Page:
|Petroglyphs Provincial Park|
|Location||Woodview, Ontario, Canada|
|Coordinates||44°36′55″N78°02′27″W / 44.615225°N 78.04076°W Coordinates: 44°36′55″N78°02′27″W / 44.615225°N 78.04076°W|
|Area||16.43 km2 (6.34 sq mi)|
|Governing body||Ontario Parks|
|Official name||Peterborough Petroglyphs National Historic Site of Canada|
Petroglyphs Provincial Park is a historical-class provincial park situated in Woodview, Ontario, Canada, northeast of Peterborough. It has the largest collection of ancient First Nations petroglyphs (rock carvings) in Ontario. The carvings were created in the pre-Columbian era and represents aspects of First Nations spirituality, including images of shamans, animals, reptiles, and, possibly, the Great Spirit itself.
The location of the site was kept hidden from non-First Nation people until 1954, when it was rediscovered accidentally by a prospector (Everett Davis)  of the Industrial Minerals of Canada. The immediate area of the petroglyphs has been designated a National Historic Site of Canada. 
The stone is generally believed to have been carved by the Algonquian or Iroquoian speaking people between 900 and 1100 AD., if not somewhat earlier during the Archaic. Today, the First Nations people of Ontario call the carvings Kinomagewapkong, meaning "the rocks that teach" or "the Teaching Rocks". Originally two to three inches deep the 1200 carvings were made using gneiss hammers to incise human figures, animals, and a dominant figure whose head apparently represents the sun, onto the soft, gently sloping walls. 
The petroglyphs were first thoroughly recorded in 1965 and 1968 by Joan Vastokas of the University of Toronto and Ron Vastokas of Trent University in Peterborough. Their book, Sacred Art of the Algonkians, is considered by rock art scholars the most definitive study and interpretation to date.
According to the Learning Center, while the glyphs are important, they are not the primary reason this site is sacred. The rock site itself is a sacred place. And today is a place of pilgrimage for local Ojibwe people. The deep crevices in the rock are believed to lead to the spirit world, as there is an underground trickle of water that runs beneath the rock which produces sounds interpreted by aboriginal people as those of the Spirits speaking to them.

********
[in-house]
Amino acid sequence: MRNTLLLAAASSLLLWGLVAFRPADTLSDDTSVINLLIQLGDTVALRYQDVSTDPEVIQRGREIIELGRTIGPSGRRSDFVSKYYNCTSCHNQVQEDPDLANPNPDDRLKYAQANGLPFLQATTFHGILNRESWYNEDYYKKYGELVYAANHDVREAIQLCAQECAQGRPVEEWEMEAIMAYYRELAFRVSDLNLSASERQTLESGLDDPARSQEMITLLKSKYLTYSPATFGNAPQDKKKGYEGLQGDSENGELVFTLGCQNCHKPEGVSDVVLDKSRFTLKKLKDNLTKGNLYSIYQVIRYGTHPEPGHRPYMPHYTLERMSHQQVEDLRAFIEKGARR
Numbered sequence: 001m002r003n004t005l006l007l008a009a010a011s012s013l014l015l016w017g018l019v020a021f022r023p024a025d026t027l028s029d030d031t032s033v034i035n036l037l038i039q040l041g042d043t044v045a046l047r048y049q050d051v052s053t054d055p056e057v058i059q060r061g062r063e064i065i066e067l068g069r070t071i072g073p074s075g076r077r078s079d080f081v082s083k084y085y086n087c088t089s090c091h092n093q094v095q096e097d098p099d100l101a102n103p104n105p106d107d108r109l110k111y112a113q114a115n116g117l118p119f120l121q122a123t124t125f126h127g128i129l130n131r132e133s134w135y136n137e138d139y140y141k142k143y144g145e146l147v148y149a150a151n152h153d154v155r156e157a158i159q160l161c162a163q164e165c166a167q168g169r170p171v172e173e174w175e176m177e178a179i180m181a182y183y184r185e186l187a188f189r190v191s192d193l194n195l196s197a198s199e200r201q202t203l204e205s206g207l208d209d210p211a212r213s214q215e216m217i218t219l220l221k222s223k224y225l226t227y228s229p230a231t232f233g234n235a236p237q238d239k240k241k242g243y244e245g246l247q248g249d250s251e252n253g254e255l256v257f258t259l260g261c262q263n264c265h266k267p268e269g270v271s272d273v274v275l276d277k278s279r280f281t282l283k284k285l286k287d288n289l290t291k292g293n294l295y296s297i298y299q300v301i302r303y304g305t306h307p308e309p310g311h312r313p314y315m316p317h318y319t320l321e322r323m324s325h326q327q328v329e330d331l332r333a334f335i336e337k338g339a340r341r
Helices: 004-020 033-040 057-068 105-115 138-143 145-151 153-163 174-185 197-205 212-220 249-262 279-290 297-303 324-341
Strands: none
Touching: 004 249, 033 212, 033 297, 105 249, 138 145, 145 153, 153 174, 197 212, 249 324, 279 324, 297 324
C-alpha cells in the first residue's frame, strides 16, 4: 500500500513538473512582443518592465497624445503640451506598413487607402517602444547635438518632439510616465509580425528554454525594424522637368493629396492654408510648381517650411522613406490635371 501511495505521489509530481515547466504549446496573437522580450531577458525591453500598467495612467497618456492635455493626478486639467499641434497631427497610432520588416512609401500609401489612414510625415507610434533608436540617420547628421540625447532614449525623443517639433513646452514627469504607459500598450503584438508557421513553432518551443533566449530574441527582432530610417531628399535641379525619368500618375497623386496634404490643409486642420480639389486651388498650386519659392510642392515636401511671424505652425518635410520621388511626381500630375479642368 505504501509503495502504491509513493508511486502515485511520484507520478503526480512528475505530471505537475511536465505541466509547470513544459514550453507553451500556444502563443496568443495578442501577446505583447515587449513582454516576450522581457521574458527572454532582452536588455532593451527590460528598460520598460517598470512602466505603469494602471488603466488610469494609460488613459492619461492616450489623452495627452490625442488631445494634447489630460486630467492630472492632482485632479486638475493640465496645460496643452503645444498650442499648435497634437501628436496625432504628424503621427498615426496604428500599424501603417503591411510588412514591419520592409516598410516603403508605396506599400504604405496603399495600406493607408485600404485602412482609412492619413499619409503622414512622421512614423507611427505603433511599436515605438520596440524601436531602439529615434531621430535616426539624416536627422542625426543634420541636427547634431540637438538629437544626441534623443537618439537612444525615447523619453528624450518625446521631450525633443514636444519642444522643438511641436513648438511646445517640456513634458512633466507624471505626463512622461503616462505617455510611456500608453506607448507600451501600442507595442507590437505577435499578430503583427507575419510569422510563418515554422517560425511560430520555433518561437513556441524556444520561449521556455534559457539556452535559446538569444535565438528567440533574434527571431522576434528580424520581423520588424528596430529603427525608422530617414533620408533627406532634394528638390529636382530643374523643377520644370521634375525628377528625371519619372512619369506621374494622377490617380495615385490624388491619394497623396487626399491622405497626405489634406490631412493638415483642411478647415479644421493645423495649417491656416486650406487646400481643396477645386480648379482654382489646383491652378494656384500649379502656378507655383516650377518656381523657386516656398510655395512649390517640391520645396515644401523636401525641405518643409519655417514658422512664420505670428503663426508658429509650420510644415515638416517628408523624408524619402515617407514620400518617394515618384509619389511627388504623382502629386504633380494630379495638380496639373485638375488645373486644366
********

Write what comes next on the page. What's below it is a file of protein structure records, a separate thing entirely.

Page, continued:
Although officially a Historical Class park, the petroglyphs themselves are actually concentrated in a relatively small area of the 1,643 hectares (4,060 acres) park. The rest consists of primarily woodland habitat home to several provincially rare species, such as the five-lined skink, Eumeces fasciatus .
As the park also borders the nearby Peterborough Crown Game Reserve a number of animals indigenous to the area may also be spotted including: beavers, otters, white-tailed deer, squirrels, chipmunks and the occasional wolf. A great number of birds can also be spotted including: wild turkeys, woodpeckers, grouse, hawks, jays and eagles.
The park is open 10 am to 5 pm daily (excepting Mondays and Tuesdays in the spring and fall) from the second Friday in May to Thanksgiving.  The park's visitor centre is known as the Learning Place, and opened in 2002. The centre is managed by Curve Lake First Nation, and features displays about the petroglyphs and their spiritual significance to the First Nations people. A movie The Teaching Rocks is shown daily, upon request and during evening programs. There is also a children's hands-on activity room and a gift shop. 
The rock carvings are covered by a protective building, and there are interpretive plaques and guides at the site. Photographing and videotaping the rock carvings is not permitted for spiritual reasons, and dogs are not allowed inside any of the buildings. 
A petroglyph is an image created by removing part of a rock surface by incising, picking, carving, or abrading, as a form of rock art. Outside North America, scholars often use terms such as "carving", "engraving", or other descriptions of the technique to refer to such images. Petroglyphs, estimated to be 20,000 years old and classified as protected monuments and have been added to the tentative list of UNESCO’s world heritage sites. Petroglyphs are found worldwide, and are often associated with prehistoric peoples. The word comes from the Greek prefix petro-, from πέτρα petra meaning "stone", and γλύφω glýphō meaning "carve", and was originally coined in French as pétroglyphe.
In archaeology, rock art is human-made markings placed on natural surfaces, typically vertical stone surfaces. A high proportion of surviving historic and prehistoric rock art is found in caves or partly enclosed rock shelters; this type also may be called cave art or parietal art. A global phenomenon, rock art is found in many culturally diverse regions of the world. It has been produced in many contexts throughout human history. In terms of technique, the four main groups are: